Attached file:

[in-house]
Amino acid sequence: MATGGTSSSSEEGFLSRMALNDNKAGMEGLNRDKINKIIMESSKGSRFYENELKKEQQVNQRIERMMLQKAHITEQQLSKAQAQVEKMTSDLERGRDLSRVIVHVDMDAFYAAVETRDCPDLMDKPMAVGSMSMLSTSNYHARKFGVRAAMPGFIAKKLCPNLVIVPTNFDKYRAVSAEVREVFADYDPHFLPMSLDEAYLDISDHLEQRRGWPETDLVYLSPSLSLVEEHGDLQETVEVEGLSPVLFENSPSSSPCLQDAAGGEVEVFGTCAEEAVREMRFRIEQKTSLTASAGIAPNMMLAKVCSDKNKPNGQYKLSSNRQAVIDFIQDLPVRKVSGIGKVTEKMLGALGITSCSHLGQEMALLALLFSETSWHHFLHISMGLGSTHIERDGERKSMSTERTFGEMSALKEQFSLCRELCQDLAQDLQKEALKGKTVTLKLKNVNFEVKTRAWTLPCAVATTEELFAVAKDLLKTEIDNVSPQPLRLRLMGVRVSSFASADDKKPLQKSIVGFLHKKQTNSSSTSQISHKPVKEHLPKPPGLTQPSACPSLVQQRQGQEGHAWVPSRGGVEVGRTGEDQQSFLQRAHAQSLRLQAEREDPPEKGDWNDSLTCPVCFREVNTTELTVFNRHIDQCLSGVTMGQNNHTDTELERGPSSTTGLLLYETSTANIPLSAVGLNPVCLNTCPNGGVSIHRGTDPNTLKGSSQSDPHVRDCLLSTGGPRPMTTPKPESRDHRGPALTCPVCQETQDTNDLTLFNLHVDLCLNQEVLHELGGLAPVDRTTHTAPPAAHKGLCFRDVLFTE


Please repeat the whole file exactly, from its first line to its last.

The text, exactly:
[in-house]
Amino acid sequence: MATGGTSSSSEEGFLSRMALNDNKAGMEGLNRDKINKIIMESSKGSRFYENELKKEQQVNQRIERMMLQKAHITEQQLSKAQAQVEKMTSDLERGRDLSRVIVHVDMDAFYAAVETRDCPDLMDKPMAVGSMSMLSTSNYHARKFGVRAAMPGFIAKKLCPNLVIVPTNFDKYRAVSAEVREVFADYDPHFLPMSLDEAYLDISDHLEQRRGWPETDLVYLSPSLSLVEEHGDLQETVEVEGLSPVLFENSPSSSPCLQDAAGGEVEVFGTCAEEAVREMRFRIEQKTSLTASAGIAPNMMLAKVCSDKNKPNGQYKLSSNRQAVIDFIQDLPVRKVSGIGKVTEKMLGALGITSCSHLGQEMALLALLFSETSWHHFLHISMGLGSTHIERDGERKSMSTERTFGEMSALKEQFSLCRELCQDLAQDLQKEALKGKTVTLKLKNVNFEVKTRAWTLPCAVATTEELFAVAKDLLKTEIDNVSPQPLRLRLMGVRVSSFASADDKKPLQKSIVGFLHKKQTNSSSTSQISHKPVKEHLPKPPGLTQPSACPSLVQQRQGQEGHAWVPSRGGVEVGRTGEDQQSFLQRAHAQSLRLQAEREDPPEKGDWNDSLTCPVCFREVNTTELTVFNRHIDQCLSGVTMGQNNHTDTELERGPSSTTGLLLYETSTANIPLSAVGLNPVCLNTCPNGGVSIHRGTDPNTLKGSSQSDPHVRDCLLSTGGPRPMTTPKPESRDHRGPALTCPVCQETQDTNDLTLFNLHVDLCLNQEVLHELGGLAPVDRTTHTAPPAAHKGLCFRDVLFTE